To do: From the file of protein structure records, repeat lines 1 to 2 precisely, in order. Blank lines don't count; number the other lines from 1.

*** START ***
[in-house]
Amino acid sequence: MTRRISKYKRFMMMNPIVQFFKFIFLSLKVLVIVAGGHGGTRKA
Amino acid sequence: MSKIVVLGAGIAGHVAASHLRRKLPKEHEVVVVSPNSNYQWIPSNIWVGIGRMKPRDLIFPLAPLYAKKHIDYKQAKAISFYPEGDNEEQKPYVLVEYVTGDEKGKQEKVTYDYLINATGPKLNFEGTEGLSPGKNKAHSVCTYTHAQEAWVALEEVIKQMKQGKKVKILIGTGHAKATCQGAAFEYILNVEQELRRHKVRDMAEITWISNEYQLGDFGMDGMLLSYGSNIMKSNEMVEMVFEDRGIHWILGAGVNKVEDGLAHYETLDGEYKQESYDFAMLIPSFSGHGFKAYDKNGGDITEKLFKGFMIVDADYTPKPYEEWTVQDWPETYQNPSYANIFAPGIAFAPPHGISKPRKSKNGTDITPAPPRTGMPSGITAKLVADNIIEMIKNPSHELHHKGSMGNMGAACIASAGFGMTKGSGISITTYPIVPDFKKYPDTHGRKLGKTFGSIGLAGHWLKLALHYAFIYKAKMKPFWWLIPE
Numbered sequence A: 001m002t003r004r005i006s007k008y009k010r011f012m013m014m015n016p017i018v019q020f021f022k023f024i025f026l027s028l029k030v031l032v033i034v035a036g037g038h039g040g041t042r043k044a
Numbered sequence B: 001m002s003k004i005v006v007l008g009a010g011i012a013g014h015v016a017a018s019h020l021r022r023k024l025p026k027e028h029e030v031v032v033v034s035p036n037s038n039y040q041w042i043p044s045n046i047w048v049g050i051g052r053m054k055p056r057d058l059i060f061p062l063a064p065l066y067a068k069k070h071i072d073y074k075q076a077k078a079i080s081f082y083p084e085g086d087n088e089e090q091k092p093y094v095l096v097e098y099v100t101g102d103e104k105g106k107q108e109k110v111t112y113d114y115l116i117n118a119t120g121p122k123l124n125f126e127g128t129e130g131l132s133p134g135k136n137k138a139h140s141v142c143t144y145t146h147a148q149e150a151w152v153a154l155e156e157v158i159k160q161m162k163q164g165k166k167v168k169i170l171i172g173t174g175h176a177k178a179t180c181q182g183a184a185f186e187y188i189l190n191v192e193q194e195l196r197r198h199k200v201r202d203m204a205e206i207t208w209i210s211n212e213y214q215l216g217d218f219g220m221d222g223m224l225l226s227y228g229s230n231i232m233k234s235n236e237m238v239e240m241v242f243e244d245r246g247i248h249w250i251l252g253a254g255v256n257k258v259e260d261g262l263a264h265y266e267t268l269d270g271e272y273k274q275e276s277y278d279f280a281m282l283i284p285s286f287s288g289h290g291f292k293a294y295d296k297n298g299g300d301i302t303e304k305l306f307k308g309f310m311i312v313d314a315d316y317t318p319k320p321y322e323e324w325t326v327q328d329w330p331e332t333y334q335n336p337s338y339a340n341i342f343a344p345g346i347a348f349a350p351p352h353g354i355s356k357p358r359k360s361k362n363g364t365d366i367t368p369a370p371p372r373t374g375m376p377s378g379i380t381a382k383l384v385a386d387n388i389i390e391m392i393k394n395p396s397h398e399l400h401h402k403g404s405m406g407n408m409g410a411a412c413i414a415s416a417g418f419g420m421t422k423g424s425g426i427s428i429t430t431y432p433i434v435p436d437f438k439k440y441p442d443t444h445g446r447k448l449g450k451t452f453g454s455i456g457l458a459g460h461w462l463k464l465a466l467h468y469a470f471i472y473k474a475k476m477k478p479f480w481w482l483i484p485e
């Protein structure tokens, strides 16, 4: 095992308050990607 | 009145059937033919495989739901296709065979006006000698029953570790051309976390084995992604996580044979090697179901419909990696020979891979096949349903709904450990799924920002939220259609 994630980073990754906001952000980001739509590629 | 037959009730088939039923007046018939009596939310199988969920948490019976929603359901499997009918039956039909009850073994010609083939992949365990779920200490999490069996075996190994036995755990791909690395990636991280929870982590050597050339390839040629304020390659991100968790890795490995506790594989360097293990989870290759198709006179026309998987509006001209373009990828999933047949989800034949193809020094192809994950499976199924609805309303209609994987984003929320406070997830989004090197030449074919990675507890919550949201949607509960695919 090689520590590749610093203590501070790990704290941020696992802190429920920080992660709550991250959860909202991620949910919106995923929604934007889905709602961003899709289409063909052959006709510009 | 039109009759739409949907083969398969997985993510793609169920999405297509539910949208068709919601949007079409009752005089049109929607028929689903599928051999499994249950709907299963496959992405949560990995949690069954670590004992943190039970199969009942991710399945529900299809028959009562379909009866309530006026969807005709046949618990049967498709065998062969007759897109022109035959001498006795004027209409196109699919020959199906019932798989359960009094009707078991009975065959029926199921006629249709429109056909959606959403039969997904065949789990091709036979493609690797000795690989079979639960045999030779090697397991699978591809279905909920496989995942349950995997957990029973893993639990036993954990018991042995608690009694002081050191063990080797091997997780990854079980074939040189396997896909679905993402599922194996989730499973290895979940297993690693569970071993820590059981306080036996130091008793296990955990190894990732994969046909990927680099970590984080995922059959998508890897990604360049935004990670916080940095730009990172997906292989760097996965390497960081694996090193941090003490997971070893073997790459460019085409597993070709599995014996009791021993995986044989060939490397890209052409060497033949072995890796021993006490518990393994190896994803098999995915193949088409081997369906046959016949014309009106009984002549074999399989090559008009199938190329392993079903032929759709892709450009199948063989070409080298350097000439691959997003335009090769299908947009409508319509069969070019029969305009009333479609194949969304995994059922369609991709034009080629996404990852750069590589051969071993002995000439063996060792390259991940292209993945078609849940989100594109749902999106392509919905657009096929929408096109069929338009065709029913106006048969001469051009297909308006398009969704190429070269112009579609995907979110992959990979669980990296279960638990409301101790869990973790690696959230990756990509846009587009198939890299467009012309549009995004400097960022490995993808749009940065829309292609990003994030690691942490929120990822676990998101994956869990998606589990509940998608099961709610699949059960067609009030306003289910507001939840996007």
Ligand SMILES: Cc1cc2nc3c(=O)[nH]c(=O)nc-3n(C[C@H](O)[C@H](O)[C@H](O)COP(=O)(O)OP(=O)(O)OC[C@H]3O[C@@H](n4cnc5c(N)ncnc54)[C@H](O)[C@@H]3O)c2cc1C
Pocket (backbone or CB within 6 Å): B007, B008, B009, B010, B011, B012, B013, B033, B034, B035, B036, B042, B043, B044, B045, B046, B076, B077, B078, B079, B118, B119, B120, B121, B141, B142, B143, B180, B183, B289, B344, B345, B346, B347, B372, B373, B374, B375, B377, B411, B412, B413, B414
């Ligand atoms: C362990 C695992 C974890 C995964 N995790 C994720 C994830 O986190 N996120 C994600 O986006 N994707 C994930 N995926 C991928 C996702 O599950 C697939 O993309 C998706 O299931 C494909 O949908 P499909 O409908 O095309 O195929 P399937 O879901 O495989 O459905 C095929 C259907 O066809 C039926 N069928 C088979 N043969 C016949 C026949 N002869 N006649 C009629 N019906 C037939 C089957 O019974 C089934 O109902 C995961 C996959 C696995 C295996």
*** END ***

[in-house]
Amino acid sequence: MTRRISKYKRFMMMNPIVQFFKFIFLSLKVLVIVAGGHGGTRKA